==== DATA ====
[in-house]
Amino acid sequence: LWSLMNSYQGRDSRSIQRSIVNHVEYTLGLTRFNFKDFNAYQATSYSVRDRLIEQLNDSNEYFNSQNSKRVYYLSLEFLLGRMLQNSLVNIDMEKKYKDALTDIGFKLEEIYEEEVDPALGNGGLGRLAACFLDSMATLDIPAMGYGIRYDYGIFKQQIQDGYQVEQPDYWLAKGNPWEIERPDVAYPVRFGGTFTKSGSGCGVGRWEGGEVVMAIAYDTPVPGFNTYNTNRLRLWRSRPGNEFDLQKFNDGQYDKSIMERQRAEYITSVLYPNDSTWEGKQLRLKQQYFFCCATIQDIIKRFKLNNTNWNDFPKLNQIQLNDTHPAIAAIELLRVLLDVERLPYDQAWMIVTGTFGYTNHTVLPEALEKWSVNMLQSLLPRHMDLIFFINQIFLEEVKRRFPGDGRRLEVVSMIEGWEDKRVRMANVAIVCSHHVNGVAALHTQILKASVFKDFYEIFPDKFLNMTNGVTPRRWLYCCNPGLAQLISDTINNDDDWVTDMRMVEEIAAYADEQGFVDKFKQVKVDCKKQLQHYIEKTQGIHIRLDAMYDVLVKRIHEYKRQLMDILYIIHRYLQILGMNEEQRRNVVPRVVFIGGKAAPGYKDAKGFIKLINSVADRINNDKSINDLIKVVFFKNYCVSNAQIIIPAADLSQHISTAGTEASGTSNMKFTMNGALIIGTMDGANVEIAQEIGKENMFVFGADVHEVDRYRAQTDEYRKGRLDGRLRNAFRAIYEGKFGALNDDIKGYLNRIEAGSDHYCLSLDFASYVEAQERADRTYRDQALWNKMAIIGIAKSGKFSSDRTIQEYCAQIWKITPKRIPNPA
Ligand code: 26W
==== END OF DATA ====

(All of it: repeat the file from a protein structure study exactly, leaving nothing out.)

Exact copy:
[in-house]
Amino acid sequence: LWSLMNSYQGRDSRSIQRSIVNHVEYTLGLTRFNFKDFNAYQATSYSVRDRLIEQLNDSNEYFNSQNSKRVYYLSLEFLLGRMLQNSLVNIDMEKKYKDALTDIGFKLEEIYEEEVDPALGNGGLGRLAACFLDSMATLDIPAMGYGIRYDYGIFKQQIQDGYQVEQPDYWLAKGNPWEIERPDVAYPVRFGGTFTKSGSGCGVGRWEGGEVVMAIAYDTPVPGFNTYNTNRLRLWRSRPGNEFDLQKFNDGQYDKSIMERQRAEYITSVLYPNDSTWEGKQLRLKQQYFFCCATIQDIIKRFKLNNTNWNDFPKLNQIQLNDTHPAIAAIELLRVLLDVERLPYDQAWMIVTGTFGYTNHTVLPEALEKWSVNMLQSLLPRHMDLIFFINQIFLEEVKRRFPGDGRRLEVVSMIEGWEDKRVRMANVAIVCSHHVNGVAALHTQILKASVFKDFYEIFPDKFLNMTNGVTPRRWLYCCNPGLAQLISDTINNDDDWVTDMRMVEEIAAYADEQGFVDKFKQVKVDCKKQLQHYIEKTQGIHIRLDAMYDVLVKRIHEYKRQLMDILYIIHRYLQILGMNEEQRRNVVPRVVFIGGKAAPGYKDAKGFIKLINSVADRINNDKSINDLIKVVFFKNYCVSNAQIIIPAADLSQHISTAGTEASGTSNMKFTMNGALIIGTMDGANVEIAQEIGKENMFVFGADVHEVDRYRAQTDEYRKGRLDGRLRNAFRAIYEGKFGALNDDIKGYLNRIEAGSDHYCLSLDFASYVEAQERADRTYRDQALWNKMAIIGIAKSGKFSSDRTIQEYCAQIWKITPKRIPNPA
Ligand code: 26W